^In 1967, the previously existing Leaksville-Spray and Draper junior highs were consolidated; in 1991, the school shifted from serving 7th-9th grades to 6th-8th grades and became a middle school
^Before 1989, Madison-Mayodan and Stoneville middle schools served the same area; in 1989, the middle and high schools there were consolidated, and when Dalton L. McMichael HS moved to its new facilities in 1991, Western Rockingham MS moved to the old Madison-Mayodan HS site
Rockingham County Schools offer driver's education to anyone 14½ or older who qualifies. The classroom and behind the wheel needs to qualify for a Learner's permit are all offered free of charge. The classes are held both during the school term, as well as limited offerings in the summer.
Communities in Schools is a non-profit organization that works with the schools to keep children focused on staying in, and doing well in school. This offers younger children the opportunity to have a mentor that helps them work through problems they are having in school and at home. All of their services are free, and many of the high school level students are encouraged to volunteer, making this an effort from the high school level all the way down to the elementary school level.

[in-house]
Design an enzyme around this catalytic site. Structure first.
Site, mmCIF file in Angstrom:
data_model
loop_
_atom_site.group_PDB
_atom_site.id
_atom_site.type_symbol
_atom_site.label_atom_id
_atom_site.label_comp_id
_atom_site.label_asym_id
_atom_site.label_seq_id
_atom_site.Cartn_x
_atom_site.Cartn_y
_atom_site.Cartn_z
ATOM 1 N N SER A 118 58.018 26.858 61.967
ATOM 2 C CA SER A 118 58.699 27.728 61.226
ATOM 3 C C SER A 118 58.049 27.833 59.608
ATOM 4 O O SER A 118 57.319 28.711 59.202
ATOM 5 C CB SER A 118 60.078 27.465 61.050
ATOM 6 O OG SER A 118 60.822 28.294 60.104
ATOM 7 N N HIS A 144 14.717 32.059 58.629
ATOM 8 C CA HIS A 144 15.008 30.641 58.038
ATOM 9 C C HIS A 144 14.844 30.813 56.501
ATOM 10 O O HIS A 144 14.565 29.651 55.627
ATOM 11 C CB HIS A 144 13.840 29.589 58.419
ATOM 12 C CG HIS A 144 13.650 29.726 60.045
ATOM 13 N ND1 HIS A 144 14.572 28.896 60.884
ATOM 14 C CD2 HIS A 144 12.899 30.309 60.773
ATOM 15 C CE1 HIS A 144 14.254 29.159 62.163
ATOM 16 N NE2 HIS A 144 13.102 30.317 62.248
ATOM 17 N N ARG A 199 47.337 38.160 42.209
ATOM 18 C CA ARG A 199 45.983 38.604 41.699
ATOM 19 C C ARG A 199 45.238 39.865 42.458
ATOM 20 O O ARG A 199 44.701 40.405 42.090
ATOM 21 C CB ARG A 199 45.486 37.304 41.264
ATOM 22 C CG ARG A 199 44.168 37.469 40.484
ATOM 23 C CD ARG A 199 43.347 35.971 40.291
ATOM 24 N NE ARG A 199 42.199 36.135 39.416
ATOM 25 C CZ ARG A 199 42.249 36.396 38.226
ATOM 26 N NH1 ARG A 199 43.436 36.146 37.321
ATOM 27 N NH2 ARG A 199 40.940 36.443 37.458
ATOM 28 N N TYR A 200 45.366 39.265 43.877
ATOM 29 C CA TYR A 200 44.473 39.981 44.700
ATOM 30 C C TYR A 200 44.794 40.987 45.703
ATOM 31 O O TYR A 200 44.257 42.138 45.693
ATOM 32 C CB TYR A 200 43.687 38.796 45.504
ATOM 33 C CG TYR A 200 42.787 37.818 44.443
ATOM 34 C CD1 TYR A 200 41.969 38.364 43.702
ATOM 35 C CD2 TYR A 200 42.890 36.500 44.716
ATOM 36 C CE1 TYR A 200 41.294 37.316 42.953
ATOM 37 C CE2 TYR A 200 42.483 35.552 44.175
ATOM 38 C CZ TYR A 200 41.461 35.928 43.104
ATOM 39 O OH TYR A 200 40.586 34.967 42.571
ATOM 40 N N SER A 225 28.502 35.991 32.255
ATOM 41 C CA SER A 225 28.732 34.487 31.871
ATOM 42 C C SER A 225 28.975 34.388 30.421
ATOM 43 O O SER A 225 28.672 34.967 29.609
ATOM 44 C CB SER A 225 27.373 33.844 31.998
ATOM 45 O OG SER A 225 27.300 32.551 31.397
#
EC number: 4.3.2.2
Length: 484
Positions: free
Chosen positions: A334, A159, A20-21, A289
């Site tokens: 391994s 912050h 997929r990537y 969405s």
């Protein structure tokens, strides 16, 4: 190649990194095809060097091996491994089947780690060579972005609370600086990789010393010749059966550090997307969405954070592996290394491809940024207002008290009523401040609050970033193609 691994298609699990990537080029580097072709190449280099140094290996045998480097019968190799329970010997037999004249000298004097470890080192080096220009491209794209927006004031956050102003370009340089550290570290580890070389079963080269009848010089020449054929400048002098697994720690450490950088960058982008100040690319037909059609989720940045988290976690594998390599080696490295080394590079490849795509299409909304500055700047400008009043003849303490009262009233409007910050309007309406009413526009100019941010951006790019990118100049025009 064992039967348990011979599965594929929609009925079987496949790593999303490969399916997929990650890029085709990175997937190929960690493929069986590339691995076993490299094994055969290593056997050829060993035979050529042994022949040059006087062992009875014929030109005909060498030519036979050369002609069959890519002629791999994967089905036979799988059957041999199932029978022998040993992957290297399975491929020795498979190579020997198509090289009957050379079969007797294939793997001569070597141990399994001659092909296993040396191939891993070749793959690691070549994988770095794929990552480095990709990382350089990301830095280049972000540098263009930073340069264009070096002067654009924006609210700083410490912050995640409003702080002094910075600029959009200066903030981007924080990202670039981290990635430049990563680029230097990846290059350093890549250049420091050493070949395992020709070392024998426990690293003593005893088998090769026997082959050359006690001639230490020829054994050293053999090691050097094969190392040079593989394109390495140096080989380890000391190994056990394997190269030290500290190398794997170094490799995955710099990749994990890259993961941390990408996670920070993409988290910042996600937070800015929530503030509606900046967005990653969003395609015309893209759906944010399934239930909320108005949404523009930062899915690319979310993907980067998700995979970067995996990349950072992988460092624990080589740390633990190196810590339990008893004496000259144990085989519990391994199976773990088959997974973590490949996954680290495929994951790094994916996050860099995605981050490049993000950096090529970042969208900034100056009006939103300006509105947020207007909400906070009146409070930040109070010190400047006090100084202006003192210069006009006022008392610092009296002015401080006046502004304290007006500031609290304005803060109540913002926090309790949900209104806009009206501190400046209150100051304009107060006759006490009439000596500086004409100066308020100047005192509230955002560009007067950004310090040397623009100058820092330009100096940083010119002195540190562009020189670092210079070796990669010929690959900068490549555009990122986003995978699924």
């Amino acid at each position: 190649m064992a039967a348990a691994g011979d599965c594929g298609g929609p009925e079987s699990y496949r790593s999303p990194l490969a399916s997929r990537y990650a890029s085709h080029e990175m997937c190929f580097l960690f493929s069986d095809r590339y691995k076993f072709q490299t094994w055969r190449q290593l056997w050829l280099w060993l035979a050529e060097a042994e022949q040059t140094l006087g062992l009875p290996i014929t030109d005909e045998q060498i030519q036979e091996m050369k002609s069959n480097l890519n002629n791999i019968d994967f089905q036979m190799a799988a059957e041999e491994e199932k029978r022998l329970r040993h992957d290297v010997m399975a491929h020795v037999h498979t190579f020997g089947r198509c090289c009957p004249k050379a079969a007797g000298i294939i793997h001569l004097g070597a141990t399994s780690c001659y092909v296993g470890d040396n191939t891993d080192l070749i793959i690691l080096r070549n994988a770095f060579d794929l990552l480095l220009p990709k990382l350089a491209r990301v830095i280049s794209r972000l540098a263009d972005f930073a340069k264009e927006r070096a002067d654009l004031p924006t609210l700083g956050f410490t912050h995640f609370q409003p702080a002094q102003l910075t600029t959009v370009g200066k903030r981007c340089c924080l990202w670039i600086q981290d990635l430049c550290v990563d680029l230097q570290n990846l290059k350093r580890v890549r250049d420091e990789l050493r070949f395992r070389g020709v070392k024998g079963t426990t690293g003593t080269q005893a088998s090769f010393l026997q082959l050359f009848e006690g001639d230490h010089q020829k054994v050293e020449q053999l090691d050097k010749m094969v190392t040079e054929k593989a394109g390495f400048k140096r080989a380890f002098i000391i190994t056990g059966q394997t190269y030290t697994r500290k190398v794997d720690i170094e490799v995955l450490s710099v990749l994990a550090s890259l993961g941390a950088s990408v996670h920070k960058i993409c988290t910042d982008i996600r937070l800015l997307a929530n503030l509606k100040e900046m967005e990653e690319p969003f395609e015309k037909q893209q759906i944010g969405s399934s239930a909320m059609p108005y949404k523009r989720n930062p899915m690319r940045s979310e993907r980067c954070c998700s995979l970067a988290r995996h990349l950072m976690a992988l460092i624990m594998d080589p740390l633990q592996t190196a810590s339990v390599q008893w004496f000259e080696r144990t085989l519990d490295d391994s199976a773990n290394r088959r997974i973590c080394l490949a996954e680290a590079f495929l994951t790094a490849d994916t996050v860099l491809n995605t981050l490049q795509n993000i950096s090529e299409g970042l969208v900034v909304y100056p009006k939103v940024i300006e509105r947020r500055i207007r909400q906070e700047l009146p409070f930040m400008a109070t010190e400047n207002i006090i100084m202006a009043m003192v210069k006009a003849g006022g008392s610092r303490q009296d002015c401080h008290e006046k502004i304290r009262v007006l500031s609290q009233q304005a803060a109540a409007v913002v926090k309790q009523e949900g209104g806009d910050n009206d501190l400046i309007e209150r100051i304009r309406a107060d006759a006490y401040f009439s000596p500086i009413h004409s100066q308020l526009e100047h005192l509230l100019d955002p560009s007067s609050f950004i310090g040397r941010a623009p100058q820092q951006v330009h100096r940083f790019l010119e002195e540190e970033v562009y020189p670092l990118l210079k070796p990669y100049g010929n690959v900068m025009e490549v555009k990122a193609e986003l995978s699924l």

Rockingham County offers an Academically and/or Intellectually Gifted program for students. The program is designed to meet the educational needs of all gifted students in Rockingham County. The program also forces students to think critically and solve problems, while also addressing social issues that many gifted children have. Students are classified as academically gifted if they show high performance capabilities in intellectual areas. The A.I.G. program begins in elementary school and continues through middle school. Once in high school, honors classes are offered to meet the needs of the intellectually gifted children.
Thirteen elementary schools in Rockingham County have been designated as Title 1 schools. The Title 1 program is a federal program created through the No Child Left Behind Act. Schools are designated as Title 1 if they have not met their Adequate Yearly Progress goals for 2 or more years. Once a school is given Title I funding, special programs are created in order to provide necessary aid to students. Some of these programs include Thinking Maps and other graphic organizers, Balanced Literacy approach, including small group Guided Reading instruction using Leveled Books, Wilson Reading and Foundations, Math Foundations, ActivBoards, and the DPI/Rockingham County Writing Plan. Computerized programs such as Orchard, Harcourt Reading and Math, Think Link Learning and Accelerated Reader are also used.